Everyone has their own reasons for staying up late. Whether to work on unfinished schoolwork, catch up deadline work, or is waiting video call from a lover who is across another country. However, what is most annoying is when we constantly wake up in the middle of the night while sleeping. As a result, even if you have slept for eight hours, you will wake up in the morning still sleepy because your sleep is disturbed.
Sleeping well is not a big problem. But in fact, a study says that 70% of people who have trouble sleeping will experience fatigue in the morning, so it can interfere with daily activities. Even according to Center of Chronic Disease (CDC), sleep disorders are associated with the risk of developing hypertension, diabetes, depression, obesity, cancer, increasing mortality, and reducing quality of life and productivity.
What are the reasons we often wake up in the middle of the night?
The following are things that might cause you to wake up during sleep:
Pain or tenderness can occur due to stress or deteriorating health. In one study, 15% of Americans reported suffering from chronic pain, and 2/3 also reported having trouble sleeping. Back pain, headaches, and temporomandibular joint syndrome (problems with the jaw muscles) are the main causes of sleep deprivation associated with aches or pains.
2. Mental illness and stress
You might too woke up in the middle of the night because they think of many things, such as work, relationships with lovers, or unfinished college assignments. Finally, you always go to bed with all the anxiety that often leads to stress. And it turns out, insomnia is one of the symptoms and causes of depression and anxiety which makes it harder for you to sleep.
Snoring is a common condition that can affect anyone. Usually, the habit of snoring is more common in men and people who are overweight. The habit of snoring, it turns out, not only disturbs your sleeping partner, but also damages the quality of your own sleep. This habit can be treated with medical assistance to get a good night’s sleep.
4. Jet lag
Traveling to a country with a different time zone can actually affect your sleep time. This is called jet lag. It can take our bodies up to three days to adjust to the new light and sleep schedule in another time zone. This can make it difficult for you to sleep.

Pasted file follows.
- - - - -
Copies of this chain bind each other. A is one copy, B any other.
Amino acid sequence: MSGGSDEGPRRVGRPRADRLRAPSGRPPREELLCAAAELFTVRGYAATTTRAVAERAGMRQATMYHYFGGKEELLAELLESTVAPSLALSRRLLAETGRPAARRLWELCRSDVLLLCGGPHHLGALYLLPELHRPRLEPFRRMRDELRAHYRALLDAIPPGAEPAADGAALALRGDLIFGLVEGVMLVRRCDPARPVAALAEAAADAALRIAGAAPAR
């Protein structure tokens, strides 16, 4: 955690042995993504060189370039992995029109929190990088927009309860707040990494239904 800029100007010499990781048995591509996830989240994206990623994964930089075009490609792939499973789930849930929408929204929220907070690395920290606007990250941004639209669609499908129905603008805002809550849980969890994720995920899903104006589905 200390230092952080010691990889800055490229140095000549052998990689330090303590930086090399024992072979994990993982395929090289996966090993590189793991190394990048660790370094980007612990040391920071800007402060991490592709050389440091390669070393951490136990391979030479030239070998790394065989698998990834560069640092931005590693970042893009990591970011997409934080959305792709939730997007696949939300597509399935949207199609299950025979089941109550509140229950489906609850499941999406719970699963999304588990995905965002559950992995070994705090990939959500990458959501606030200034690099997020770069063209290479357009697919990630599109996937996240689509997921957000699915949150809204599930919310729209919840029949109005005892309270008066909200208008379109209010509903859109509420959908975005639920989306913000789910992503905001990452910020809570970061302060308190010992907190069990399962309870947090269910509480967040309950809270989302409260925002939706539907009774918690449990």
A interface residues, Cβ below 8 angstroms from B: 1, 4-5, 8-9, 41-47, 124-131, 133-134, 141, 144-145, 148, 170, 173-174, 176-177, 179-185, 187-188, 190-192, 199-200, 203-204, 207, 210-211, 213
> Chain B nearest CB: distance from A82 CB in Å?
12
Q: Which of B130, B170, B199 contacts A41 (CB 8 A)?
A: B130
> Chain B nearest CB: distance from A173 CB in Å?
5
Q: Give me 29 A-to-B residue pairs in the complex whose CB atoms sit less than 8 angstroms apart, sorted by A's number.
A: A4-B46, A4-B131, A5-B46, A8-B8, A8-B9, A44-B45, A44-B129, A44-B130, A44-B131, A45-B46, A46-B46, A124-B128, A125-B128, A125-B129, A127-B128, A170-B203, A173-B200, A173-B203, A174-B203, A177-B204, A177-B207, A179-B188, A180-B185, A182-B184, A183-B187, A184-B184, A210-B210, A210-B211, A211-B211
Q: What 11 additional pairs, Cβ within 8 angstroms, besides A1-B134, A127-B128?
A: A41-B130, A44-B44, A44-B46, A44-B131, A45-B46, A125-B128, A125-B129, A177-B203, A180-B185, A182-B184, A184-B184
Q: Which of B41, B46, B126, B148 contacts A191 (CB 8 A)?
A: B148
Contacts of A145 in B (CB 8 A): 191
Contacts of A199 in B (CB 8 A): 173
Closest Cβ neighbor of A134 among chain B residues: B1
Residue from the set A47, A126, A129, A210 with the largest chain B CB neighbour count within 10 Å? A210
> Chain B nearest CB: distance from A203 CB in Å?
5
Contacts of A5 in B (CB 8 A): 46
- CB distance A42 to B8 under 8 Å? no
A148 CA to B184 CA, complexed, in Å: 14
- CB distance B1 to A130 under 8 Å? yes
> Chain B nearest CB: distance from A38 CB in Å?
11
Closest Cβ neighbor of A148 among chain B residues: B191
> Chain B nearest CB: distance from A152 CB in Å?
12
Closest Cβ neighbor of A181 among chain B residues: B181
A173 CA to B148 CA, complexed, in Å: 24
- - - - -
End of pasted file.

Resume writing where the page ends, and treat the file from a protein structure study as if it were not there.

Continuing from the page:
5. Hormonal changes
Menopause, menstruation, and pregnancy are some of the main sources of sleep problems among women. According to National Sleep Foundation, about 40% of perimenopausal women (people who are in the transition to menopause) will have trouble sleeping.
6. Diseases and medical conditions
Often times, trouble sleeping comes along with other medical conditions. With lung disease or asthma, for example, wheezing and shortness of breath can interfere with your sleep, especially in the morning. If you have heart failure, you can have abnormal breathing patterns. In fact, Parkinson’s and other neurological diseases can cause difficulty sleeping.
7. Drink coffee
Usually, everyone who drinks coffee will have more difficulty sleeping because of the caffeine content in coffee. Because caffeine is a stimulant, most people use it after getting up in the morning or to stay alert during the day or even at night. While it’s important to note that caffeine cannot replace sleep, consuming coffee with caffeine content can make us feel more alert and wake up in the middle of the night, by blocking sleep-inducing chemicals in the brain and increasing adrenaline production.
The number of activities is often tiring. I really want to lie on the bed to go to sleep and recharge the lost power. However, feeling tired can just make you wake up from sleep. As it turns out, there is actually a big difference between being tired and sleepy.
When you are tired, your body is still in question marks whether you are tired due to stress or exhausting physical activity. To put it simply, rushing to bed isn’t the same as rushing to bed.